During his recuperation from his self-performed Berit Milah, Avraham wanted to perform acts of kindness without divine help. To help him, Hashem dispatched angels disguised as nomadic wayfarers to assist Avraham in fulfilling his desire to do Chesed. This made Avraham extremely happy, and once he saw them, he quickly ran toward them to greet them, as the Pasuk states, “VaYisa Einav VaYar VeHenei Shelosha Anashim Nitzavim Alav VaYar VaYarotz LiKratam MiPetach HaOhel VaYishtachu Artzah,” “He lifted his eyes and saw: And behold! Three men were standing over him, he perceived, so he ran toward them from the entrance of the tent, and bowed toward the ground” (BeReishit 18:2).
However, the three angels had additional missions aside from providing the righteous man with opportunities to perform acts of Chesed. Rashi explains that first angel came to announce to Sarah that she would have a son, the second came to heal Avraham, and the third came to destroy Sedom. The Midrash states that one angel cannot perform two designated mission; therefore, Hashem sent three angels to perform three different tasks. This explains why two of the Angels were at Avraham’s house; one had to tell Sarah about her son, and one had to heal Avraham, but why didn’t the third angel travel straight to Sedom in the first place? Why is it necessary for him to go to Avraham’s house?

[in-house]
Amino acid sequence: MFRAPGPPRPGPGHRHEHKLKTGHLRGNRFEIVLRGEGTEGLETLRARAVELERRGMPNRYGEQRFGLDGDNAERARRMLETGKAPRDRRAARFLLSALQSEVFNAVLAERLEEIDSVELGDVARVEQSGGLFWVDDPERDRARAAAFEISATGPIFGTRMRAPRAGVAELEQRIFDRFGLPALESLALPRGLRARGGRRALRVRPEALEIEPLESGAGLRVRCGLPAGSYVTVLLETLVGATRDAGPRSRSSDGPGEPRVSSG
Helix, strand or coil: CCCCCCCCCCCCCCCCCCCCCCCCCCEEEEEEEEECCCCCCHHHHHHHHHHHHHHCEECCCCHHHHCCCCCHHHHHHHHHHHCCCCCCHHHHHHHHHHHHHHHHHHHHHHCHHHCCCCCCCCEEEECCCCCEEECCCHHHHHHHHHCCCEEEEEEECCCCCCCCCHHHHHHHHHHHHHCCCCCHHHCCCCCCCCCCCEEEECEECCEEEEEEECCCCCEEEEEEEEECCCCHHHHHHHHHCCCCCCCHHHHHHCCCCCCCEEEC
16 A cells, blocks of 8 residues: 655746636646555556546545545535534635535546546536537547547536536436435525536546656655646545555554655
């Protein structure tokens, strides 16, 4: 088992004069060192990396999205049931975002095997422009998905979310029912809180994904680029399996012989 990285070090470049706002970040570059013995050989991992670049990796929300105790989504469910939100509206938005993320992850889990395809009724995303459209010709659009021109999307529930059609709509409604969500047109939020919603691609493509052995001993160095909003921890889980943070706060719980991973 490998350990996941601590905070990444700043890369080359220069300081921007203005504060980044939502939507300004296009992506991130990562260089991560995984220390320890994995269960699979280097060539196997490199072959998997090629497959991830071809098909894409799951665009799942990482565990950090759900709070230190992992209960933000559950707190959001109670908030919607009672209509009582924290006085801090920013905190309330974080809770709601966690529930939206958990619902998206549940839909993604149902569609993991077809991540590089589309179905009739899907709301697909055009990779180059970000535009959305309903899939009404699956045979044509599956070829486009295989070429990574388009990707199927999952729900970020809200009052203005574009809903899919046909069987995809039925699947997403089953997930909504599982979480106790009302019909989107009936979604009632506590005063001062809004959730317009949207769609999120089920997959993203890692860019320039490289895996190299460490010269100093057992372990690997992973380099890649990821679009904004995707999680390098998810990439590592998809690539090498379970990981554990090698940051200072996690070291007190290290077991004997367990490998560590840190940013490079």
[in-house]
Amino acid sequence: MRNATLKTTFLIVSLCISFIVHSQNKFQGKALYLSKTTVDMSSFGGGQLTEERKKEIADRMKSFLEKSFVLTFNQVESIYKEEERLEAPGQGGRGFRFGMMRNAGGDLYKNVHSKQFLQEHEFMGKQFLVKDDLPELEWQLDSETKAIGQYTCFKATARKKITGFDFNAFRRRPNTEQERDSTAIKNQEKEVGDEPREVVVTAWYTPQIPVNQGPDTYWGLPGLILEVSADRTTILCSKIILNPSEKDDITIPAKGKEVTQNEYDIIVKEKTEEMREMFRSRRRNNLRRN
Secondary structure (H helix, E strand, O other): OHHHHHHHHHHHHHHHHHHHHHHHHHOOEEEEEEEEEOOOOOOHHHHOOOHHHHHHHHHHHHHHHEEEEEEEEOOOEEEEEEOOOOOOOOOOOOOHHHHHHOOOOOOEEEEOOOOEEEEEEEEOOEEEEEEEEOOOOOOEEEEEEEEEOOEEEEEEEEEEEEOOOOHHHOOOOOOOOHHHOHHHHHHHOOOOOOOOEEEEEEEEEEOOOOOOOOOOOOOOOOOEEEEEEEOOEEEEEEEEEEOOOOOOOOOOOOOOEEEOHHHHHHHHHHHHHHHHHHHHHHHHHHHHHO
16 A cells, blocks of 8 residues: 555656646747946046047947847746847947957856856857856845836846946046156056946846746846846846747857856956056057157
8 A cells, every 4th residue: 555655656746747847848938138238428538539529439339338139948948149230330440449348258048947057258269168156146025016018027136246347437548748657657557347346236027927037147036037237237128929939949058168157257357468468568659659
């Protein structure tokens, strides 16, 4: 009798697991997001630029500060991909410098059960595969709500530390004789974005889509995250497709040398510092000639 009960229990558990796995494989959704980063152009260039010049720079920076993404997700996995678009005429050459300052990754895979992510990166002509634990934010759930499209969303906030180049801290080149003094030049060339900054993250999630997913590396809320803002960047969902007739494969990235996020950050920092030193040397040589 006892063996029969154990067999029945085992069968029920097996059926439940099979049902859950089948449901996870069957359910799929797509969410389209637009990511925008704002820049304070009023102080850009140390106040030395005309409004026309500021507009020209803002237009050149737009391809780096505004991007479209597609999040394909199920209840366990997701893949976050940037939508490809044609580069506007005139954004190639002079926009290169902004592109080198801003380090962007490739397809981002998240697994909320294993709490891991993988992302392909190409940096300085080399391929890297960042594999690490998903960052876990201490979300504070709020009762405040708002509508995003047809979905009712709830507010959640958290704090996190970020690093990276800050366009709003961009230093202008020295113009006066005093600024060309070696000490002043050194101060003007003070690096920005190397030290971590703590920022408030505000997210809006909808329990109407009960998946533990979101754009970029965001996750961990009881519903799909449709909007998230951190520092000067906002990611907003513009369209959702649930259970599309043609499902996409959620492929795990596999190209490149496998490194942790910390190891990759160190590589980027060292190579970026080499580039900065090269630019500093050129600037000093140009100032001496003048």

Since Hashem wanted the angel to understand his role in destroying Sedom, He sent the angel to Avraham. Hashem told the angel that Sedom is a place that lacks kindness and must be destroyed. For the angel to understand what true kindness is, he had to be in a place that contains true kindness, like Avraham’s household. By going to Avraham’s house, the angel is able to experience what real kindness was and understand why Sedom was destroyed.
We know that our actions have more meaning when we have a better understanding of the significance of the actions. When asked to do an assignment, such as those that involve Chesed, it is important to understand the value of the assignment we are performing. May we all be Zocheh to undertake many acts of Chesed like Avraham, and when doing so, we should comprehend the meaning behind the actions.